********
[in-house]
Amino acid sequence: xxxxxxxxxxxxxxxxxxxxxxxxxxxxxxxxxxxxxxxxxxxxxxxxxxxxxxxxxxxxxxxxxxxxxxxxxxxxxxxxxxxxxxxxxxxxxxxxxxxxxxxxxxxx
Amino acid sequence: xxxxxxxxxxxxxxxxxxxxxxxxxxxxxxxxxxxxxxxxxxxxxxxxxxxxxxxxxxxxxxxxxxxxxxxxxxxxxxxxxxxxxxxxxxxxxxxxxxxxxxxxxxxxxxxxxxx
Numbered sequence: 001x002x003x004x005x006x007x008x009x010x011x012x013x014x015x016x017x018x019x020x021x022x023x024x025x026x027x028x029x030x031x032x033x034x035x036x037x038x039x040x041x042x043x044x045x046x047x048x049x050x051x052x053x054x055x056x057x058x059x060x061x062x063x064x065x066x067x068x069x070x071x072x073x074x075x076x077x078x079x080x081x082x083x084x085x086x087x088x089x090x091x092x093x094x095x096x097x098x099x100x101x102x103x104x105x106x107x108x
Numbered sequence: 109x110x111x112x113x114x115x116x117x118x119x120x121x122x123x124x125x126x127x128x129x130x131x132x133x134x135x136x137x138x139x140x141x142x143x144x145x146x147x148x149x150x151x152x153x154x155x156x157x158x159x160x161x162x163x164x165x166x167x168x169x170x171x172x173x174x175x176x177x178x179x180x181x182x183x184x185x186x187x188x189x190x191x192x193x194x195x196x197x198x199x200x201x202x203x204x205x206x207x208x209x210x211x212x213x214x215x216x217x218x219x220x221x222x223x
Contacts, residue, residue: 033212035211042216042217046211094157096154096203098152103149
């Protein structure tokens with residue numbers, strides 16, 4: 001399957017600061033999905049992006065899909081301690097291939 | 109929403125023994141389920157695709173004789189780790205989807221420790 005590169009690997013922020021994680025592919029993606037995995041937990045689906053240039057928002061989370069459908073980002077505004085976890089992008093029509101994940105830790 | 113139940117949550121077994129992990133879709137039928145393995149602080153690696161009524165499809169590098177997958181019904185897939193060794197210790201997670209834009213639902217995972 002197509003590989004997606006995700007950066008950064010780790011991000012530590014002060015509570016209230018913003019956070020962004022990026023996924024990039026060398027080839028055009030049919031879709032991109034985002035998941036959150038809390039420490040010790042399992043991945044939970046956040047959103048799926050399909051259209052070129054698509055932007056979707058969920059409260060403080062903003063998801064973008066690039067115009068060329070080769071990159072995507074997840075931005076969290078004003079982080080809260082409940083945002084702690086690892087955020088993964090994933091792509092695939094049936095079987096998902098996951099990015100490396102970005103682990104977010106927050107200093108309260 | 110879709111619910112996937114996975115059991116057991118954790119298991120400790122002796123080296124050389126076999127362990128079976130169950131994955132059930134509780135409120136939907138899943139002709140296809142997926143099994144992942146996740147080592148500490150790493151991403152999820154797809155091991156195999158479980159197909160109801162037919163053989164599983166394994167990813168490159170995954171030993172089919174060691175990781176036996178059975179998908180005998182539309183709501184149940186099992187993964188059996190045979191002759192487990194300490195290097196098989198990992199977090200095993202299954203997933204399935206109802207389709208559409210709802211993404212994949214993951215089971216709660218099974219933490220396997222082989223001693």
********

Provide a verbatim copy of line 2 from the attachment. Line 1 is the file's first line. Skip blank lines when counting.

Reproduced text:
Amino acid sequence: xxxxxxxxxxxxxxxxxxxxxxxxxxxxxxxxxxxxxxxxxxxxxxxxxxxxxxxxxxxxxxxxxxxxxxxxxxxxxxxxxxxxxxxxxxxxxxxxxxxxxxxxxxxx